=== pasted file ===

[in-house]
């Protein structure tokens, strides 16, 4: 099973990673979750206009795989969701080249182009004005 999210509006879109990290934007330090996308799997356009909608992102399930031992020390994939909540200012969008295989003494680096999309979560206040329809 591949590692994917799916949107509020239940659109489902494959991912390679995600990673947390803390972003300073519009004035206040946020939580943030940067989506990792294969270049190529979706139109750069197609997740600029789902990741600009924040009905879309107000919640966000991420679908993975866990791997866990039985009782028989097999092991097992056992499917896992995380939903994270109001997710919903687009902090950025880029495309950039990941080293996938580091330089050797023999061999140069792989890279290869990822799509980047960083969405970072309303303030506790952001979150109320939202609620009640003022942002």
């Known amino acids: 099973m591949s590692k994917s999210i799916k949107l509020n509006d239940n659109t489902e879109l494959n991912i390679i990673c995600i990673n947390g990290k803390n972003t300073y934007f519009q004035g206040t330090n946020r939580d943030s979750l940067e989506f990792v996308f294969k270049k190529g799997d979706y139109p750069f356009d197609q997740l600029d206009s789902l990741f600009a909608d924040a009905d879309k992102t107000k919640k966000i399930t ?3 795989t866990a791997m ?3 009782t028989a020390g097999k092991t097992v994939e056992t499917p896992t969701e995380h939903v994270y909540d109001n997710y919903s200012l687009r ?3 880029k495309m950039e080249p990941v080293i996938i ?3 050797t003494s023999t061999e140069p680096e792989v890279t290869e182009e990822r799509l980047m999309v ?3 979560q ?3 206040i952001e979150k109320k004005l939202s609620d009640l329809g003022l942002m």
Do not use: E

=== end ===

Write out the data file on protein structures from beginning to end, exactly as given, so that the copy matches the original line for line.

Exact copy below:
[in-house]
């Protein structure tokens, strides 16, 4: 099973990673979750206009795989969701080249182009004005 999210509006879109990290934007330090996308799997356009909608992102399930031992020390994939909540200012969008295989003494680096999309979560206040329809 591949590692994917799916949107509020239940659109489902494959991912390679995600990673947390803390972003300073519009004035206040946020939580943030940067989506990792294969270049190529979706139109750069197609997740600029789902990741600009924040009905879309107000919640966000991420679908993975866990791997866990039985009782028989097999092991097992056992499917896992995380939903994270109001997710919903687009902090950025880029495309950039990941080293996938580091330089050797023999061999140069792989890279290869990822799509980047960083969405970072309303303030506790952001979150109320939202609620009640003022942002």
């Known amino acids: 099973m591949s590692k994917s999210i799916k949107l509020n509006d239940n659109t489902e879109l494959n991912i390679i990673c995600i990673n947390g990290k803390n972003t300073y934007f519009q004035g206040t330090n946020r939580d943030s979750l940067e989506f990792v996308f294969k270049k190529g799997d979706y139109p750069f356009d197609q997740l600029d206009s789902l990741f600009a909608d924040a009905d879309k992102t107000k919640k966000i399930t ?3 795989t866990a791997m ?3 009782t028989a020390g097999k092991t097992v994939e056992t499917p896992t969701e995380h939903v994270y909540d109001n997710y919903s200012l687009r ?3 880029k495309m950039e080249p990941v080293i996938i ?3 050797t003494s023999t061999e140069p680096e792989v890279t290869e182009e990822r799509l980047m999309v ?3 979560q ?3 206040i952001e979150k109320k004005l939202s609620d009640l329809g003022l942002m």
Do not use: E